This week we’re taking a look back on some of the 2020 trend predictions we made last year. We talked about what classrooms could look like during back-to-school, if we were in for a virtual holiday season (including shopping trends), the new #WFH culture, and other business trends like the growth of mergers & acquisitions and pop-up shops. Where did we hit the nail on the head? And if we didn’t, what is 2021 actually looking like?
Much of what we discussed back in June came true as school semesters began in August. In elementary and high schools we saw administrations cope with Covid-19 guidelines in different ways. Some opted for rotating schedules while, some offered both in-person and virtual options, and others offered in-person schooling and switched to virtual post-Thanksgiving. Some schools combined all of these options. Of course, we saw increased sanitization around high-touch areas, distancing between desks, and constant mask use. Much to the dismay of many athletes and parents, some schools, like those in Illinois, completely eliminated sports in the fall semester.
In the realm of higher education, policies varied from school to school. Some brought students back early to the fall semester to send them back home before Thanksgiving. Some began in-person and ended virtually. Many schools offered outside dining options or pre-plated meals to avoid students congregating in dining halls. Athletes were still able to participate in their sports, but no fans were allowed and athletes were tested regularly. As expected, college enrollment declined this fall by 2.5%, doubling the decline reported in 2019. Community Colleges were hardest hit, with an enrollment decrease of 10.1% compared to the 9.5% decrease in 2019.
Holiday Season & Shopping
As we predicted, more shoppers chose to purchase online than in-person during Thanksgiving weekend versus previous years. Over 100 million shoppers chose online options in 2020, up 8% from the previous year. Also as expected, in-person shopping dropped dramatically; only 58.7 million people shopped in-person, down 37% from 2019. In 2019, shoppers spent a total of $69 billion, but that number dropped by 22.4% in 2020. But this could be due in part to the extended holiday deals that many stores began in September and October
Many retailers have been barely treading water this year. A fair number of smaller retailers, especially those who don’t have the same online capacity as larger ones, have closed. Since the pandemic has lasted longer than some previously believed it might, retailers have had to make some long-term changes and plan for repercussions that will have lingering effects on the economy and consumer behavior.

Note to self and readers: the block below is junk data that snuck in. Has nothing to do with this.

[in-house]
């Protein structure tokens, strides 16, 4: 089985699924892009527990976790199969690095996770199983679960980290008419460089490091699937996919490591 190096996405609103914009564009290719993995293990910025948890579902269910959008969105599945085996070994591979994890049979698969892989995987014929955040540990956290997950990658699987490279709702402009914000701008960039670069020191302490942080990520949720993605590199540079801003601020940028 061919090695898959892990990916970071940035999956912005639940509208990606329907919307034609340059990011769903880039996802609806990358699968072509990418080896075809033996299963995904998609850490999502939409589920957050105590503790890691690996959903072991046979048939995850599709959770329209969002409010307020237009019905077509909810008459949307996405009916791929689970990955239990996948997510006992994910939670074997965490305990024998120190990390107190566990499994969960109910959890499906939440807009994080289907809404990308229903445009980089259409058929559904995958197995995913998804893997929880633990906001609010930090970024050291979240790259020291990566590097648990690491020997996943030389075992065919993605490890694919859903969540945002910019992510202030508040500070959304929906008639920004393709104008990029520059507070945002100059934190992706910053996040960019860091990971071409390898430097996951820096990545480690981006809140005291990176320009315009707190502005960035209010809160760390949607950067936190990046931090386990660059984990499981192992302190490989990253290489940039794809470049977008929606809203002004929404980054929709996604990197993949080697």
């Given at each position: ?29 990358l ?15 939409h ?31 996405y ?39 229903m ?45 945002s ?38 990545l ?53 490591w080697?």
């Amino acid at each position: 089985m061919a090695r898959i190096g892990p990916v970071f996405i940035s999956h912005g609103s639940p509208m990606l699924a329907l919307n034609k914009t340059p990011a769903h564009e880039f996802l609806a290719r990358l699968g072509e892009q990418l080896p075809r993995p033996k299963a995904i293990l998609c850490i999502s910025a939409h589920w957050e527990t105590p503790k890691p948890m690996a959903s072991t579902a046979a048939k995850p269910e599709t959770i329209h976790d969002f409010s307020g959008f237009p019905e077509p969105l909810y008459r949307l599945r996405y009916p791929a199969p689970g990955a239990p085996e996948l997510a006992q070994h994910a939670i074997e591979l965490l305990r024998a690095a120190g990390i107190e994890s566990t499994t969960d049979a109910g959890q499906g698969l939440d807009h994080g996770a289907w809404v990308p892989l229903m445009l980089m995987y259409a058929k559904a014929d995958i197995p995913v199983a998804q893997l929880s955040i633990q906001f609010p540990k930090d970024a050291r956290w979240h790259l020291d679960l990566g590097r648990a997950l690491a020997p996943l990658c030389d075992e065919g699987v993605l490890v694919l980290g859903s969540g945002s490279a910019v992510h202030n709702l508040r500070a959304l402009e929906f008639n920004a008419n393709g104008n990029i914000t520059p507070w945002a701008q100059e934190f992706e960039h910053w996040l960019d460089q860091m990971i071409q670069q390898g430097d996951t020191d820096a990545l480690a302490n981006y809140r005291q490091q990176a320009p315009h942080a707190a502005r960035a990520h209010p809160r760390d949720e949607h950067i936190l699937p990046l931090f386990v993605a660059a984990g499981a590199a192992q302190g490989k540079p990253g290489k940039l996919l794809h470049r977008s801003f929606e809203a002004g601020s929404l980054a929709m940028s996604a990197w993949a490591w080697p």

As for traveling? Many Americans opted to stay home over the holidays instead of visiting with family and friends. For those that did travel, an even greater majority chose to drive; only 3.5% flew, compared to the 5.9% who traveled by air last year. It is common knowledge that the pandemic hit the airline industry hard because of fewer travelers. The TSA reports that from mid-March up to the holiday season, airports were only seeing roughly 600,000 passengers per day. And while far more people travelled over the Holiday season compared to earlier in the year, only about 40% as many people travelled by air compared to last year.
Mergers & Acquisitions and Pop-up Shops
In 2019, the outlook on mergers and acquisitions (M&A) was bright. M&A activity continued to trend upward and was only expected to grow. But, like all aspects of business, M&A felt the impact of the pandemic. On par with the rest of the world, deal activity came to a virtual standstill in mid-March and stayed in a slump through much of Q2.
But based on previous M&A activity in times of economic recession, deal activity tends to rebound very quickly. Just as we supposed, M&As did pick back up in June, with an 80% increase in deal activity from Q2 to Q3. Experts believe this is, in part, because dealmakers remained deal-ready throughout the pandemic, allowing them to close pending deals as the pandemic lessened. And because of new technological developments like video conferencing, it’s possible for deals to happen anywhere and at any time, despite being unable to meet together in-person.
Check out our podcast episode on M&A trends to learn more!